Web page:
D.A. Pennebaker, Pioneer of Cinéma Vérité in America, Dies at 94

D. A. Pennebaker, the groundbreaking documentary filmmaker best known for capturing pivotal moments in the history of rock music and politics, including Bob Dylan’s 1965 tour of England and Bill Clinton’s first presidential campaign, died on Thursday at his home in Sag Harbor, N.Y. He was 94.

His death was confirmed by his son Frazer Pennebaker.

Mr. Pennebaker was part of a close-knit group of pioneering filmmakers in the 1960s who helped bring cinéma vérité to the United States. Michael Moore, presenting Mr. Pennebaker with an Oscar for lifetime achievement in 2012, said Mr. Pennebaker, along with Robert Drew, Albert Maysles and Richard Leacock, had “invented nothing less than the modern documentary.”

The key development in that invention was the advent of synchronous-sound cameras, which allowed the filmmakers to move more freely with and among their subjects, and to do away with the postproduction voice-over model of narrative. “You wanted to drive the stories by what people said to each other,” Mr. Pennebaker once said, “not by what you thought up on a yellow pad.”

In 1965, Mr. Dylan’s manager, Albert Grossman, approached Mr. Pennebaker about following the singer on a British tour.

“I could see right away that you couldn’t actually occupy space with a person who intended to become president in a very interesting way,” he told The A.V. Club. “They were constrained to act; as soon as the camera appeared, they had to pretend to be something else.”

Mr. Pennebaker focused instead on George Stephanopoulos, James Carville and other then-little-known (and less camera-shy) operatives. The result, Janet Maslin wrote in The New York Times, was “a revealing film and an invaluable document.”

His political films are now part of the canon, but the scenes from Mr. Pennebaker’s catalog that still circulate most widely are of pop culture figures in action: Jimi Hendrix lighting his guitar on fire in “Monterey Pop”; Elaine Stritch in “Original Cast Album: Company,” exhausted and straining to record “The Ladies Who Lunch” while Stephen Sondheim and others look on in despair; Mr. Dylan showing up the softer-edged singer Donovan in a hotel room crowded with their hangers-on; and the actor Rip Torn attacking Norman Mailer with a hammer at the end of “Maidstone” (1970), one of three eccentric movies directed by Mr. Mailer, for which Mr. Pennebaker served as a cameraman.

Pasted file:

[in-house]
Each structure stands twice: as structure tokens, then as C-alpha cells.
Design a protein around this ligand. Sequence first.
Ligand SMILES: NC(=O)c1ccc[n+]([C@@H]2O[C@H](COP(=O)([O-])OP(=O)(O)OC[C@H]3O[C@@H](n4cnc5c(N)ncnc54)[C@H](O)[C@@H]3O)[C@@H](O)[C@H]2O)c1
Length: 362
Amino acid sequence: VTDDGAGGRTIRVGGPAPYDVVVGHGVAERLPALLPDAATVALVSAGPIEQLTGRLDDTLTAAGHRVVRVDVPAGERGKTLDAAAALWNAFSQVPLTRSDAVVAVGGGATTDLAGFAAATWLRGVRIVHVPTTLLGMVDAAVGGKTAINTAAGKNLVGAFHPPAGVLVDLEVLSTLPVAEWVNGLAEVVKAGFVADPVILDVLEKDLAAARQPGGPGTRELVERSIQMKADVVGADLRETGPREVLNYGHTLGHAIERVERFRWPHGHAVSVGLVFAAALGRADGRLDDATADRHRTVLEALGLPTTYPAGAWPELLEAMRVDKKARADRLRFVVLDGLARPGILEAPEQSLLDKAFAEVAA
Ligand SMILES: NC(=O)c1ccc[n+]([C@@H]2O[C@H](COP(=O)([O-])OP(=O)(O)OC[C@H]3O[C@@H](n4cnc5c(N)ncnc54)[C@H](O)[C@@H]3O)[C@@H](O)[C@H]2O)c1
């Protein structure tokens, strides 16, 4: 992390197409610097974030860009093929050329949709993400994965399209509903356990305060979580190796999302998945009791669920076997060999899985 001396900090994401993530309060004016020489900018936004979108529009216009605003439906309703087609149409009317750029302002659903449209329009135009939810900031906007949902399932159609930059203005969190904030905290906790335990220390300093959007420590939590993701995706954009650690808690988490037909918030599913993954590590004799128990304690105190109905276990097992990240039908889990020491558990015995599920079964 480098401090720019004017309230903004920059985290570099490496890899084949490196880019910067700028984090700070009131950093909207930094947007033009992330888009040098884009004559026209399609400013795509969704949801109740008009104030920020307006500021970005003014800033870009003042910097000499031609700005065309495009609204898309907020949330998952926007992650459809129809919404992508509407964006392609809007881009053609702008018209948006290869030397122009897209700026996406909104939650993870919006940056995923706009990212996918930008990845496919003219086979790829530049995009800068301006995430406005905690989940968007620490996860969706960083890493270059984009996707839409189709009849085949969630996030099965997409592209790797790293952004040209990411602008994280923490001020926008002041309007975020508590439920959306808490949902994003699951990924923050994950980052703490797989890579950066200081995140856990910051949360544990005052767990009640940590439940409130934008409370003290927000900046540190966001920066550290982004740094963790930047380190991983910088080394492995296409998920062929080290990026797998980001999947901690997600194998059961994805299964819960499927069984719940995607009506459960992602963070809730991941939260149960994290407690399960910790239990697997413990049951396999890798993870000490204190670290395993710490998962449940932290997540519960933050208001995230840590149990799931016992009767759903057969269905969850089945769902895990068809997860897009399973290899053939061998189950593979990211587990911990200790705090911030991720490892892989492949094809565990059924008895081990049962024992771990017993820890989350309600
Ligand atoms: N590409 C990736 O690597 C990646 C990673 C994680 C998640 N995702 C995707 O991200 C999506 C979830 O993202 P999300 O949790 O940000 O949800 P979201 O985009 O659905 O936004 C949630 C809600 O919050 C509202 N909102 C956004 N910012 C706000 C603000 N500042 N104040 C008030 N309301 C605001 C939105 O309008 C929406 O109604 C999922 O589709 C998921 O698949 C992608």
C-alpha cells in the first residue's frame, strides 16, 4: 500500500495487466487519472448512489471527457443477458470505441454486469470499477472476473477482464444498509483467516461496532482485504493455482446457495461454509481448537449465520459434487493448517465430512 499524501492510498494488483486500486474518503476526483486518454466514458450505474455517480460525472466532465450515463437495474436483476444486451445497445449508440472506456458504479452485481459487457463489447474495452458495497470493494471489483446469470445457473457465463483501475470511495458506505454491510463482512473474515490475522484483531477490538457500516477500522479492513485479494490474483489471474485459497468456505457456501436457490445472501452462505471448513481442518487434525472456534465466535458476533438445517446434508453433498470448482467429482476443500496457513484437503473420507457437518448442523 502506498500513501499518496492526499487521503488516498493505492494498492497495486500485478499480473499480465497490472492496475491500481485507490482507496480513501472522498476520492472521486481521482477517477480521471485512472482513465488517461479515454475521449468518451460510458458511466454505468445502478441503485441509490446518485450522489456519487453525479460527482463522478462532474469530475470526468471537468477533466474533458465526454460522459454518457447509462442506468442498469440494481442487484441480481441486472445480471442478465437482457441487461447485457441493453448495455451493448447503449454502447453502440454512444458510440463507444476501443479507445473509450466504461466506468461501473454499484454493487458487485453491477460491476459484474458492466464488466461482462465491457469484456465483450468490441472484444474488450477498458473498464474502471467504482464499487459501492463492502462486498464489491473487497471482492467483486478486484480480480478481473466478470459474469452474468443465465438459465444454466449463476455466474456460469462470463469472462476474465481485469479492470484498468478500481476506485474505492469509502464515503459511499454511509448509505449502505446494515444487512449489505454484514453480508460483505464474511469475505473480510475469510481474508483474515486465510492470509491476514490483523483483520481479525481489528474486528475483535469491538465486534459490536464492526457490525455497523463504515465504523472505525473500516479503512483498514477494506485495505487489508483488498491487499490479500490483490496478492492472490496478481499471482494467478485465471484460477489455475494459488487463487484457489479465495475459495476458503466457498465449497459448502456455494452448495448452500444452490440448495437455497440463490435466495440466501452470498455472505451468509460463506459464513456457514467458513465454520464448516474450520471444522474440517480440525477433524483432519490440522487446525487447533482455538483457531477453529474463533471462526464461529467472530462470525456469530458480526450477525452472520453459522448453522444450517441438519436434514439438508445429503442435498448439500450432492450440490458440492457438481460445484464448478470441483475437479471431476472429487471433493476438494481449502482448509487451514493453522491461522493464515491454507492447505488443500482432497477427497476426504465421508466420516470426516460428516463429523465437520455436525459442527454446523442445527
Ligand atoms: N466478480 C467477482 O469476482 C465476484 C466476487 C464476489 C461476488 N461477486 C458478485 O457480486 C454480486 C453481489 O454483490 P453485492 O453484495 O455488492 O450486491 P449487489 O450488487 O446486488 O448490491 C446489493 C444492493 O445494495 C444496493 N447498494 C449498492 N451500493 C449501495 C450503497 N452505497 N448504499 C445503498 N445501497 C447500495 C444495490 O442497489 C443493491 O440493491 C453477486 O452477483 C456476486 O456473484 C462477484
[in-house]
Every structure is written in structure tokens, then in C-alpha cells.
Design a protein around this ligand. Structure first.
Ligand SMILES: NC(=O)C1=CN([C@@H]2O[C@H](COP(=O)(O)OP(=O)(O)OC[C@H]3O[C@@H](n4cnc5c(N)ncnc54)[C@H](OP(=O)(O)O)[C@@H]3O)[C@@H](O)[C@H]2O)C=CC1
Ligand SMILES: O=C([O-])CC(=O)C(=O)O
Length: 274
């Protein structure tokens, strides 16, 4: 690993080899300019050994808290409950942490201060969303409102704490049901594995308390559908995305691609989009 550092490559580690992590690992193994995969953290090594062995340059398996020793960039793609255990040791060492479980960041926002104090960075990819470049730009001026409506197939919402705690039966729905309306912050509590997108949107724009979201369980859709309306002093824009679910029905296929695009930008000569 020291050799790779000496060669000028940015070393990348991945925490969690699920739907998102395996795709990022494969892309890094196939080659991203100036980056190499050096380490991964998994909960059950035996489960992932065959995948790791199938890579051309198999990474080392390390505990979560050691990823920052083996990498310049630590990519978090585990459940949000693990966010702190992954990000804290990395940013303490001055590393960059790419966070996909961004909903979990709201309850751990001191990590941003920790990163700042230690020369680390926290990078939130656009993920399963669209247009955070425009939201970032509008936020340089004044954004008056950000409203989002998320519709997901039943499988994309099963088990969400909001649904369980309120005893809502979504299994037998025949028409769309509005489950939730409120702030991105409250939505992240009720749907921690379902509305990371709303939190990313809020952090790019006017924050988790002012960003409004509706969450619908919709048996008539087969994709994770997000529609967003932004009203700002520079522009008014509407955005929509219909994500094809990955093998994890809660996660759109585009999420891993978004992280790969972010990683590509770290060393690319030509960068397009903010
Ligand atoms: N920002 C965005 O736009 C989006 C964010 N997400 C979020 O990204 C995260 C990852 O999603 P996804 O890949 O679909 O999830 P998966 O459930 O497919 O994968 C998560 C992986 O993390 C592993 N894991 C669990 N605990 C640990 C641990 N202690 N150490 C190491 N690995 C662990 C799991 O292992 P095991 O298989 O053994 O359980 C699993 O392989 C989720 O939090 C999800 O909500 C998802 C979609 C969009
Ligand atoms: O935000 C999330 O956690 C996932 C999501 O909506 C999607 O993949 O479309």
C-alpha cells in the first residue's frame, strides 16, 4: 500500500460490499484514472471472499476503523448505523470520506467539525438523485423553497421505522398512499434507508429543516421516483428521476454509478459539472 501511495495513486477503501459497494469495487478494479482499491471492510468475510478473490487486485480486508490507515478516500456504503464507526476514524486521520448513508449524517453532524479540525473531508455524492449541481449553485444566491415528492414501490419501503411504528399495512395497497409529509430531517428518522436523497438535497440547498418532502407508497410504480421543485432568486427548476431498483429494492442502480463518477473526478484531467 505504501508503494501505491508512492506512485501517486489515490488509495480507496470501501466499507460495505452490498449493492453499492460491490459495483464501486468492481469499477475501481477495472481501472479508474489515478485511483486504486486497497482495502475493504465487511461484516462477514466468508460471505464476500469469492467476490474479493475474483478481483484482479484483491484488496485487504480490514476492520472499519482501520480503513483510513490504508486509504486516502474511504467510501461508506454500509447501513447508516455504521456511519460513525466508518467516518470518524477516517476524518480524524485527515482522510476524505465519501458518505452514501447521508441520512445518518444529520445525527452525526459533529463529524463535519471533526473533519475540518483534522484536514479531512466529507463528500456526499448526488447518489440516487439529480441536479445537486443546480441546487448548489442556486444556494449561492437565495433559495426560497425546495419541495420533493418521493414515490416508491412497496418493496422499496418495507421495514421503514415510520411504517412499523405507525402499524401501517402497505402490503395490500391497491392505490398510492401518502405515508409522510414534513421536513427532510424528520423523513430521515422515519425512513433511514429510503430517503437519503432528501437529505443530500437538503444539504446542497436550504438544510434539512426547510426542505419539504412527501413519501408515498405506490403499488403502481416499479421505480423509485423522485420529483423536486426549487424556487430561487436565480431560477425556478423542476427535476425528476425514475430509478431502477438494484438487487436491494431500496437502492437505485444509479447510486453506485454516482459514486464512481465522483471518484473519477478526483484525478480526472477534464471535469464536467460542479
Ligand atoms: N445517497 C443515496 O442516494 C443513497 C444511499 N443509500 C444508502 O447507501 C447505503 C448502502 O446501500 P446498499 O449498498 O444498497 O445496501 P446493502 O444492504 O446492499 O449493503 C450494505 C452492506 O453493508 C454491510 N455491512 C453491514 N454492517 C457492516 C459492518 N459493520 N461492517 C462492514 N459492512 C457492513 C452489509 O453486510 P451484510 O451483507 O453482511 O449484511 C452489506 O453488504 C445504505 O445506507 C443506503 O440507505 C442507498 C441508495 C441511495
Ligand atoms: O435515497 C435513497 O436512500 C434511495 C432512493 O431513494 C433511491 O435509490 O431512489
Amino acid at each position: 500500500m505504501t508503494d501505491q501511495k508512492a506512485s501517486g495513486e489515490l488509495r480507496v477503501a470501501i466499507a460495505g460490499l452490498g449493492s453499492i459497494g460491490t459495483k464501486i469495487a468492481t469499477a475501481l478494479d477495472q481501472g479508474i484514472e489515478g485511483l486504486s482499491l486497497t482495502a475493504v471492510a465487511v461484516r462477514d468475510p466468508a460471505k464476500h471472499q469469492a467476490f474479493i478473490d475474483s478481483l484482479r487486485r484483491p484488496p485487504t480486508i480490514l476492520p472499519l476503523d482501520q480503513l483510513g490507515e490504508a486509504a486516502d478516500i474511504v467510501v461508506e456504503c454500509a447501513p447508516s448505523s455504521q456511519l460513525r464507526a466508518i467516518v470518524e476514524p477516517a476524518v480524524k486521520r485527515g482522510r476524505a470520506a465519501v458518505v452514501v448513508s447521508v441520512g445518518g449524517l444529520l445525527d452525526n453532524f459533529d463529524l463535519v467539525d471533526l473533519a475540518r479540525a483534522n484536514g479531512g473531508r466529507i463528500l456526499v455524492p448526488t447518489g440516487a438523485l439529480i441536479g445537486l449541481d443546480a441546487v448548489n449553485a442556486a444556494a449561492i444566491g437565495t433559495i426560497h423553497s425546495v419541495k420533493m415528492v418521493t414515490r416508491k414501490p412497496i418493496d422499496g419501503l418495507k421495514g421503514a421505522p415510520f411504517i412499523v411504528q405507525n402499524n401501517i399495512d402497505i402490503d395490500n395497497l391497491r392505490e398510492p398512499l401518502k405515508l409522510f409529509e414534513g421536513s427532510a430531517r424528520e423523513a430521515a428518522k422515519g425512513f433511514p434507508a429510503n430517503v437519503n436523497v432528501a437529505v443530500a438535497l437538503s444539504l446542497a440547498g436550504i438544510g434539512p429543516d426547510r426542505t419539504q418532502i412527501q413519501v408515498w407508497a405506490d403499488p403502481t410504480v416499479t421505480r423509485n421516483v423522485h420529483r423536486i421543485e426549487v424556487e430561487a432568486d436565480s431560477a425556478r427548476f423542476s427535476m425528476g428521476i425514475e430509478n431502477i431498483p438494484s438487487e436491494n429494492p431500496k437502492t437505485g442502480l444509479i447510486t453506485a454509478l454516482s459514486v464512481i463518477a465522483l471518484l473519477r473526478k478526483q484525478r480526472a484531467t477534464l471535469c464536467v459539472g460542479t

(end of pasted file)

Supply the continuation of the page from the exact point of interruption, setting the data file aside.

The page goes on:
Mr. Mailer’s films from that era are mostly notable as oddball vanity projects (in The Times, Vincent Canby called “Maidstone” “a very mixed bag” that “doesn’t make a great deal of sense”), but Mr. Pennebaker’s relationship with the author would pay dividends down the line. In 1971, he accepted Mr. Mailer’s suggestion that he film a panel discussion that Mr. Mailer was holding at Town Hall in Manhattan. The topic would be the state of feminism.

Mr. Mailer was his pugnacious self as he battled with, among others, the author Germaine Greer and the journalist Jill Johnston before a raucous audience. At one point two women from the audience took the stage and kissed and groped Ms. Johnston, an activist for lesbian rights, before all three tumbled to the floor.

The footage of the night remained on a shelf for nearly a decade, but when it was released as “Town Bloody Hall” in 1979, it was called a remarkable time capsule of a colorful moment in New York’s intellectual and cultural history. The filmmaker Chris Hegedus, Mr. Pennebaker’s third wife (they married in 1982) and creative partner, edited the footage, which she once called “incredibly rough.”

“There was so much sexual tension going on between Norman and Germaine in it,” Ms. Hegedus said, adding, “I almost edited it as a love story, in a certain way.”

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